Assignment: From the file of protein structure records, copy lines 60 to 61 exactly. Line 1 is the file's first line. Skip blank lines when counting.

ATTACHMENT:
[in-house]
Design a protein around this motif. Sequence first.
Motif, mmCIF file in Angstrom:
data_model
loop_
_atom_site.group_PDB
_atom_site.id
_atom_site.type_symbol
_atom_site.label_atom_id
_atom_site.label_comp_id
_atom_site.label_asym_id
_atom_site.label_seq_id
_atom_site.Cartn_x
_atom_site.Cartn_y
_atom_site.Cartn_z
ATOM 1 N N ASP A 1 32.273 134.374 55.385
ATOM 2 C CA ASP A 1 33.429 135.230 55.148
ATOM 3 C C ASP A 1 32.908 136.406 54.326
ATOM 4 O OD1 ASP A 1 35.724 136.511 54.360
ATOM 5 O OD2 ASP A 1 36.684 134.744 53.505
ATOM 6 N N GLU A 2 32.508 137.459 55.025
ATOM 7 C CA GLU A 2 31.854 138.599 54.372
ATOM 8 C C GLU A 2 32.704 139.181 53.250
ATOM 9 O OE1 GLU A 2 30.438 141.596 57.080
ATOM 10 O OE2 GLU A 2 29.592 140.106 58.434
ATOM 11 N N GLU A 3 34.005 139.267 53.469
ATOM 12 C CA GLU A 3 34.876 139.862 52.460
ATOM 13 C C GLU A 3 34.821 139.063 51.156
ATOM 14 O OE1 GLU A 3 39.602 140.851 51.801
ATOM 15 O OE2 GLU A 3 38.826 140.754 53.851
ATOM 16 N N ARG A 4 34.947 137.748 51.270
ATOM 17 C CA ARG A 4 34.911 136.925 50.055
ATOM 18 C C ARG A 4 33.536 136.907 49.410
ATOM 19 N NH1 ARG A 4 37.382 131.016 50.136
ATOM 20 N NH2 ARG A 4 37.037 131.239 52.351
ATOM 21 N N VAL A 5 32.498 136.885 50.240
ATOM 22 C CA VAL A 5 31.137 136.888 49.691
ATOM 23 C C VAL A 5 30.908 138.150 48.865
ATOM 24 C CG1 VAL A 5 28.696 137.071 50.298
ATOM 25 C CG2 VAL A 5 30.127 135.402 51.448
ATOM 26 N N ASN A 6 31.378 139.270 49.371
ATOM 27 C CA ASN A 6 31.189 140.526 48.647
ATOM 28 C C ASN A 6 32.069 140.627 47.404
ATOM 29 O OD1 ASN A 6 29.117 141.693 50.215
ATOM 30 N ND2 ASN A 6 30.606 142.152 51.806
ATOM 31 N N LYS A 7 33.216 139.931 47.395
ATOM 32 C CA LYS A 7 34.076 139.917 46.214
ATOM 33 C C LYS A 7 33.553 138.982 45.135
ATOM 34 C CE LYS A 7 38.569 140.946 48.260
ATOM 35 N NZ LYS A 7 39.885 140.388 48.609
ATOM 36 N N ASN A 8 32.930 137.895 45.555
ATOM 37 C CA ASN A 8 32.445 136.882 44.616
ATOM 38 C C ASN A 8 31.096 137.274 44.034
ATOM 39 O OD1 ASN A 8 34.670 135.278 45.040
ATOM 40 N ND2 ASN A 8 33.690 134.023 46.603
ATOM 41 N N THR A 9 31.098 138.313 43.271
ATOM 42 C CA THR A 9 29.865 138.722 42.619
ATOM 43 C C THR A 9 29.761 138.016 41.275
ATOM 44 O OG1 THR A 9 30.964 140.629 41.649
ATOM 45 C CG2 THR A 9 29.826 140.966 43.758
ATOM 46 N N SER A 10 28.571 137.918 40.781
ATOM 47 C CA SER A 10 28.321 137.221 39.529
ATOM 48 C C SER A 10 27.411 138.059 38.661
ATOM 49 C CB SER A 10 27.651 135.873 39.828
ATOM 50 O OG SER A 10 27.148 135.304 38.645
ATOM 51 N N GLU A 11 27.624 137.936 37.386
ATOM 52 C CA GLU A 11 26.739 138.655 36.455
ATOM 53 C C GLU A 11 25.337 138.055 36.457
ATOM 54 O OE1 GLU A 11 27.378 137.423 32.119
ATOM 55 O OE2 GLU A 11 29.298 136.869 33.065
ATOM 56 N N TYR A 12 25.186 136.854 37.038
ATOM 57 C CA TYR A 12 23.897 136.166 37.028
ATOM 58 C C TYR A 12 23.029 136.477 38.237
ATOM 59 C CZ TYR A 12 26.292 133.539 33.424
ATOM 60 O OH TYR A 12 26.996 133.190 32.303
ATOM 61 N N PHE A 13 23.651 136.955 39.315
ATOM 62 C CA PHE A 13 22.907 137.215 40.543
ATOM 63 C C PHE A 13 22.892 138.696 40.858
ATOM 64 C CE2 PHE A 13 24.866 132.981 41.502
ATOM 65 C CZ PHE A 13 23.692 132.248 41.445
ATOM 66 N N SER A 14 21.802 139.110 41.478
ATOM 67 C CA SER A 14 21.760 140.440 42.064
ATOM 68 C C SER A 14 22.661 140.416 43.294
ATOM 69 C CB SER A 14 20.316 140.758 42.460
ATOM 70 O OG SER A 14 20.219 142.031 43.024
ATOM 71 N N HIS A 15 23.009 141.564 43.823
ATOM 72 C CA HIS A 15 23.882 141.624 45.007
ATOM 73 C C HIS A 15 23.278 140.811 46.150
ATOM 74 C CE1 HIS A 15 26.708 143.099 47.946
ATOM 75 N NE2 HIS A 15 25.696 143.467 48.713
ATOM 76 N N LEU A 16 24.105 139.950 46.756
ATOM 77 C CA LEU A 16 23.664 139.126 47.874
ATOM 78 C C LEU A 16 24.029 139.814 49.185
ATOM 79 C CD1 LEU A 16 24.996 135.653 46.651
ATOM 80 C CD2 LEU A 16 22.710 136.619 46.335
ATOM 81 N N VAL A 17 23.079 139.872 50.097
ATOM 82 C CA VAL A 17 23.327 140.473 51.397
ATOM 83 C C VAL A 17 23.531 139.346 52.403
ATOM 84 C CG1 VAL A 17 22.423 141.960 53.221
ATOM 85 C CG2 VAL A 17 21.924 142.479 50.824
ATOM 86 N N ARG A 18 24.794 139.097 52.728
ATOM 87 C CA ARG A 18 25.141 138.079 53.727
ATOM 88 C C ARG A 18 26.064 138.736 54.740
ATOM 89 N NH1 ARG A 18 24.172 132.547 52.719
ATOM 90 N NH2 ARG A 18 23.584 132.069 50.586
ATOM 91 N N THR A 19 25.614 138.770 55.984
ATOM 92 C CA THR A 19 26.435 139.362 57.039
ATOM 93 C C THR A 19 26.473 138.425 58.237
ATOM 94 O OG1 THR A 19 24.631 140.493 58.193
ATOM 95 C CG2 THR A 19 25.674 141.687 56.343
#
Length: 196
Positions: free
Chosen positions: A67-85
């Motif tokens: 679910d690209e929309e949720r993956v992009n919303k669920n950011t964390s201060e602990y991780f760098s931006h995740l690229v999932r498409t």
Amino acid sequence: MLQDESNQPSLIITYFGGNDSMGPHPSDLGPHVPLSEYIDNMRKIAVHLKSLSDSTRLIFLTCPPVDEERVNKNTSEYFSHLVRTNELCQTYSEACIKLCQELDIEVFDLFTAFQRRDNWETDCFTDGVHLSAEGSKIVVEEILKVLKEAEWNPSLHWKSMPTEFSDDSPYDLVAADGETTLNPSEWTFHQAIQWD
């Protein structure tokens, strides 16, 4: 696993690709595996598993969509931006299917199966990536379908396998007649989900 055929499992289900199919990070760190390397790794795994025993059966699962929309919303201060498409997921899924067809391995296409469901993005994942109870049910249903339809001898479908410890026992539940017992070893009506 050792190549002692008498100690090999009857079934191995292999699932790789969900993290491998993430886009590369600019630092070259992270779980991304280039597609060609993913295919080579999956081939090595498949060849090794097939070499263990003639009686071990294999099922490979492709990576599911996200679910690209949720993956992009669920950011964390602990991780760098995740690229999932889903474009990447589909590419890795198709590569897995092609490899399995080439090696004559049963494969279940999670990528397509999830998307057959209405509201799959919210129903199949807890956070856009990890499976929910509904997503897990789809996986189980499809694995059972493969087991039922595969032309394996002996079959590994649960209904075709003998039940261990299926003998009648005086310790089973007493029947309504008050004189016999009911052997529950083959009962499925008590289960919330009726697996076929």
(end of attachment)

ATOM 45 C CG2 THR A 9 29.826 140.966 43.758
ATOM 46 N N SER A 10 28.571 137.918 40.781